-- Patrick J. Murphy, deputy superintendent of schools in Cambridge, Mass., resigned in December after admitting that he solicited two of his staff members to write papers on Shakespeare for his 19-year-old daughter's literature class at Stonehill College in nearby Easton, Mass. The scheme blew up on Murphy when one of the papers received a D, and he tried to get the employee to rewrite it.
-- Among the new dog designer fashions unveiled at the 12th Pat Pet Friend Festival in November in Bangkok: a red-and-black, Michael Jackson-style military coat; a yellow-and-black bike racing jacket with bike-style helmet; a silver space suit-like cape; and a blue silk gown. According to designer Vasinee Apornpanit, the biggest market by far for dressing up dogs is Japan, where pet owners are now asking for cell phones and other high-tech gadgets to be sewn onto the dogs' outfits.
Schools That Need Zero-Tolerance Policies for Teachers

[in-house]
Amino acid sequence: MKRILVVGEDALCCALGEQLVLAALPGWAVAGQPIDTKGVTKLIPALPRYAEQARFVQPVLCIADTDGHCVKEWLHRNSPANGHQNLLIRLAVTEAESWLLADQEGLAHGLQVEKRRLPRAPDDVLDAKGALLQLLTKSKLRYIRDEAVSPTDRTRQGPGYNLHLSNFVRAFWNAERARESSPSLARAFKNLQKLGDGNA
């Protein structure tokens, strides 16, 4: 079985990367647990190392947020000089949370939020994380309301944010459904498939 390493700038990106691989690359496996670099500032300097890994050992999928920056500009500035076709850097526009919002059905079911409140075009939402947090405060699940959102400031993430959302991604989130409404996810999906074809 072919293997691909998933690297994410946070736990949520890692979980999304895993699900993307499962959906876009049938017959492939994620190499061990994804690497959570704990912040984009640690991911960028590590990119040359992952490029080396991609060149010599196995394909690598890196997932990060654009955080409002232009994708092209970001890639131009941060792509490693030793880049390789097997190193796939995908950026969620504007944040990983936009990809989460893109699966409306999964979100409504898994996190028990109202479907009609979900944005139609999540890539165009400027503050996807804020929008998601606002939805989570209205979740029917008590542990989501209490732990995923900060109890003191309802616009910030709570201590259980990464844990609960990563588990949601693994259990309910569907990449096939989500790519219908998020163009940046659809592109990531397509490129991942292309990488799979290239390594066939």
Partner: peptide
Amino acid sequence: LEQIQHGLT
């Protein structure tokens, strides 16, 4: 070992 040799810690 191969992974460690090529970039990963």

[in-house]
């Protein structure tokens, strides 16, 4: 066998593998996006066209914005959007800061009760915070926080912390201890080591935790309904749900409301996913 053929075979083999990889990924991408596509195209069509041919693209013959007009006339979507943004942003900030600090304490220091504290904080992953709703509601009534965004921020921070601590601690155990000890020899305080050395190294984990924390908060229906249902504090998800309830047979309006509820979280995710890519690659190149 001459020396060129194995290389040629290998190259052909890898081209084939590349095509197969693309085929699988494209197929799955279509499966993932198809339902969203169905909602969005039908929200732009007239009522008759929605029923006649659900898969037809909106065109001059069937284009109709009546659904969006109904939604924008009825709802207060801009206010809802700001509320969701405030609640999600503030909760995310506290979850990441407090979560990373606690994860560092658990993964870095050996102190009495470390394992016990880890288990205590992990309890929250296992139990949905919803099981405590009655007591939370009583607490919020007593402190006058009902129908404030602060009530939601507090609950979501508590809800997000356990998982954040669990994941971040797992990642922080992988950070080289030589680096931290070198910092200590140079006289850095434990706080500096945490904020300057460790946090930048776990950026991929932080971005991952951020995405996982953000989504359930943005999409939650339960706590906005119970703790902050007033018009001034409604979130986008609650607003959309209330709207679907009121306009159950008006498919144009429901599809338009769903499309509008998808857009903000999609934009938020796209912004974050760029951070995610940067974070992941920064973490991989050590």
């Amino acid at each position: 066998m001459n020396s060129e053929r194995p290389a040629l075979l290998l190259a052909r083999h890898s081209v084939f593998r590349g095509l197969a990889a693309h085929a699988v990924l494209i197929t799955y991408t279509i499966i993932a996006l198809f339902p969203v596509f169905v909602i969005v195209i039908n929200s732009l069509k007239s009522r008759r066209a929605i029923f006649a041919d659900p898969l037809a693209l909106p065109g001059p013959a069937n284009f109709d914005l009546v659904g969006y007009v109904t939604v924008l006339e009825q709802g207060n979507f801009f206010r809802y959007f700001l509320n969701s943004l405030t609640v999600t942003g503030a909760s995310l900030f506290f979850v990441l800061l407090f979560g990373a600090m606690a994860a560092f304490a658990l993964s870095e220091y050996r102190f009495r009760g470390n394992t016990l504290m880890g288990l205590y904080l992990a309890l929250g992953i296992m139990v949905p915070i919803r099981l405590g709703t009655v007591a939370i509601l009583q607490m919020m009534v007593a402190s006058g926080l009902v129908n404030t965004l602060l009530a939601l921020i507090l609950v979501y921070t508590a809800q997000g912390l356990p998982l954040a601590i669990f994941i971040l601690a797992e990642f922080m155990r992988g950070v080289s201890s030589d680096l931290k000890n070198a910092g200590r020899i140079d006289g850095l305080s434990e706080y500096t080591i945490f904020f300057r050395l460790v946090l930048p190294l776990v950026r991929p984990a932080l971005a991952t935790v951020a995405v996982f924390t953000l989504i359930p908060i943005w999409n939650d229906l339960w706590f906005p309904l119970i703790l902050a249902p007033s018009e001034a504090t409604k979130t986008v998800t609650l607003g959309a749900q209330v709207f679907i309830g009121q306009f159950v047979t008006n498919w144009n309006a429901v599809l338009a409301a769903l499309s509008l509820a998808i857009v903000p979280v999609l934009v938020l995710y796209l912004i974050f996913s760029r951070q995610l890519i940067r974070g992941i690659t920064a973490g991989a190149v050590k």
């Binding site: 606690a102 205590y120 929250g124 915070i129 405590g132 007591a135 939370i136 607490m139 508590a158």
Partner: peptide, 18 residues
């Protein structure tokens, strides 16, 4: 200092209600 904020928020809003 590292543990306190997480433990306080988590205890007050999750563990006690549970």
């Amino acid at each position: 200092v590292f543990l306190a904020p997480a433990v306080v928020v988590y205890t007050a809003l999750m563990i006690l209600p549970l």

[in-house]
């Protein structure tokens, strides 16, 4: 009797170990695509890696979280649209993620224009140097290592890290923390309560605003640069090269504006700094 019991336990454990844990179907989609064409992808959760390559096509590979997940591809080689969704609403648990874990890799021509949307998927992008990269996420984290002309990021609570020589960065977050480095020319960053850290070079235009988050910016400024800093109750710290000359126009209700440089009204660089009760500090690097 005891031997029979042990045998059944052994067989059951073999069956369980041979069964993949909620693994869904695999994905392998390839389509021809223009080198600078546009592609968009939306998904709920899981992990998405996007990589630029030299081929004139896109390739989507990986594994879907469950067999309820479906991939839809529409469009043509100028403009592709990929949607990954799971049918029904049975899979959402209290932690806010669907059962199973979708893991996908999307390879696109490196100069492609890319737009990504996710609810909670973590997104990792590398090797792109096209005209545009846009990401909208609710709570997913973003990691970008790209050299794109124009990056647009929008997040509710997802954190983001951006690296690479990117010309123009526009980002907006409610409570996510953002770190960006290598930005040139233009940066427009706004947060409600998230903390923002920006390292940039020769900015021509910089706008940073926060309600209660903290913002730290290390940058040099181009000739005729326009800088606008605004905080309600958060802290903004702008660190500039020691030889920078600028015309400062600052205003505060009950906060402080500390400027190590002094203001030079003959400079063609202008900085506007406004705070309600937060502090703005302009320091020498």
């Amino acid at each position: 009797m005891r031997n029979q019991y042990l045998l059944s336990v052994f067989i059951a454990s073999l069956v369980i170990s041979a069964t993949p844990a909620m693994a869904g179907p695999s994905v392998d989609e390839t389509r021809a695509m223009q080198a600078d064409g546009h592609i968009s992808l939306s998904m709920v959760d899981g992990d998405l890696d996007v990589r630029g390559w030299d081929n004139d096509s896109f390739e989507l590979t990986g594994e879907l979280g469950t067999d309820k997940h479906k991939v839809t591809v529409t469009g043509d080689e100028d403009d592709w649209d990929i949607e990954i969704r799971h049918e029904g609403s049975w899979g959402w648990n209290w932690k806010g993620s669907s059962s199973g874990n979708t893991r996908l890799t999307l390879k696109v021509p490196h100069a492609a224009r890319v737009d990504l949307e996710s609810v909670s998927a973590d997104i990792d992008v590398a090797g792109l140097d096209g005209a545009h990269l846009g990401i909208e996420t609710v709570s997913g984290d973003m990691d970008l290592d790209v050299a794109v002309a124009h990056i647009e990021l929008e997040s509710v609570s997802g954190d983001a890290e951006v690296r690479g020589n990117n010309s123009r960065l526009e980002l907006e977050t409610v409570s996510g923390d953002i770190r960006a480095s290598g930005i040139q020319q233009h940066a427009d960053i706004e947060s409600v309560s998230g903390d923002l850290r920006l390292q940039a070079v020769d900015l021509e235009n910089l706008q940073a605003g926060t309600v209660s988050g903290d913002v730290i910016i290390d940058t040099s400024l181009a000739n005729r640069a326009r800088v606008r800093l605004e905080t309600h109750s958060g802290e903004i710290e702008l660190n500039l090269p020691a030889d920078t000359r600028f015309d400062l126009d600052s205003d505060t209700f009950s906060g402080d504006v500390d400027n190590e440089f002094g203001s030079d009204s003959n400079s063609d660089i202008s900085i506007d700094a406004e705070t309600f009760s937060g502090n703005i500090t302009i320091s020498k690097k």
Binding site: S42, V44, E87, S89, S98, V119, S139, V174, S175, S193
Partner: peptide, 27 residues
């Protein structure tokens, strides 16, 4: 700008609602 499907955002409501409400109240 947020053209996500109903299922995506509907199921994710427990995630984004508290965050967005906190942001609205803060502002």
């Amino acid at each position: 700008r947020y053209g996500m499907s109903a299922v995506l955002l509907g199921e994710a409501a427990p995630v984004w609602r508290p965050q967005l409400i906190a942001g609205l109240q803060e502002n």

In October, a first-grade teacher in Rialto, Calif., taped a disruptive student's head to the wall of the classroom. And seventh-grade teacher Carrie White was accused in October of flinging a dictionary and a calculator at two disruptive students in Lodi, Ohio. And in June, high school substitute teacher Steven M. Catena was fired in Keansburg, N.J., after reports that he wrapped one student in masking tape and butcher paper in class and implored students to give another classmate a "swirly" (dunking in a toilet). And in Durban, South Africa, in May, a high school teacher and a principal pulled guns and opened fire on students who were protesting higher fees.
-- In an August dispatch from Katy, Texas (near Houston), the San Francisco Chronicle featured "Forbidden Gardens," P.H. Poon's 80-acre, $20 million, 1/20th replica of the Forbidden City in Beijing (shown as life-size in the 1987 film "The Last Emperor"), "what must be," according to the Chronicle, "one of the world's least known theme parks." The reporter noted only one vehicle in the parking lot and only a group tour of 16 kids in attendance.